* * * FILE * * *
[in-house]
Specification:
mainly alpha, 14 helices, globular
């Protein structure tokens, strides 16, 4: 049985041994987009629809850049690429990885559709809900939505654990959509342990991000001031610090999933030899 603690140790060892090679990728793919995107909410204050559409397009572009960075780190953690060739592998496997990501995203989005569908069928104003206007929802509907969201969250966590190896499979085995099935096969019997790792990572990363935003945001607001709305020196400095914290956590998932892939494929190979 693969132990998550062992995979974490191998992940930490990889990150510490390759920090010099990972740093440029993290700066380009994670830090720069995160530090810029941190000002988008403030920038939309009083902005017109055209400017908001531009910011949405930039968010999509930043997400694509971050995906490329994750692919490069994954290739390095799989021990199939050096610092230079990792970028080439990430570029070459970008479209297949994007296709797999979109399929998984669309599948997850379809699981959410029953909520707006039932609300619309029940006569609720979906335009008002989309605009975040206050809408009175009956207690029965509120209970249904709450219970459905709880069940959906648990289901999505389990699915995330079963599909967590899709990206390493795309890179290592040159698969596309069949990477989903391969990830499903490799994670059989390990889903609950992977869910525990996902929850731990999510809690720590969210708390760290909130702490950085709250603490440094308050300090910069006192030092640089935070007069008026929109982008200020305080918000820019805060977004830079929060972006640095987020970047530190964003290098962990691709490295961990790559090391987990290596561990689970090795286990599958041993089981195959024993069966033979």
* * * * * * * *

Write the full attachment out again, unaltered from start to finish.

[in-house]
Specification:
mainly alpha, 14 helices, globular
């Protein structure tokens, strides 16, 4: 049985041994987009629809850049690429990885559709809900939505654990959509342990991000001031610090999933030899 603690140790060892090679990728793919995107909410204050559409397009572009960075780190953690060739592998496997990501995203989005569908069928104003206007929802509907969201969250966590190896499979085995099935096969019997790792990572990363935003945001607001709305020196400095914290956590998932892939494929190979 693969132990998550062992995979974490191998992940930490990889990150510490390759920090010099990972740093440029993290700066380009994670830090720069995160530090810029941190000002988008403030920038939309009083902005017109055209400017908001531009910011949405930039968010999509930043997400694509971050995906490329994750692919490069994954290739390095799989021990199939050096610092230079990792970028080439990430570029070459970008479209297949994007296709797999979109399929998984669309599948997850379809699981959410029953909520707006039932609300619309029940006569609720979906335009008002989309605009975040206050809408009175009956207690029965509120209970249904709450219970459905709880069940959906648990289901999505389990699915995330079963599909967590899709990206390493795309890179290592040159698969596309069949990477989903391969990830499903490799994670059989390990889903609950992977869910525990996902929850731990999510809690720590969210708390760290909130702490950085709250603490440094308050300090910069006192030092640089935070007069008026929109982008200020305080918000820019805060977004830079929060972006640095987020970047530190964003290098962990691709490295961990790559090391987990290596561990689970090795286990599958041993089981195959024993069966033979």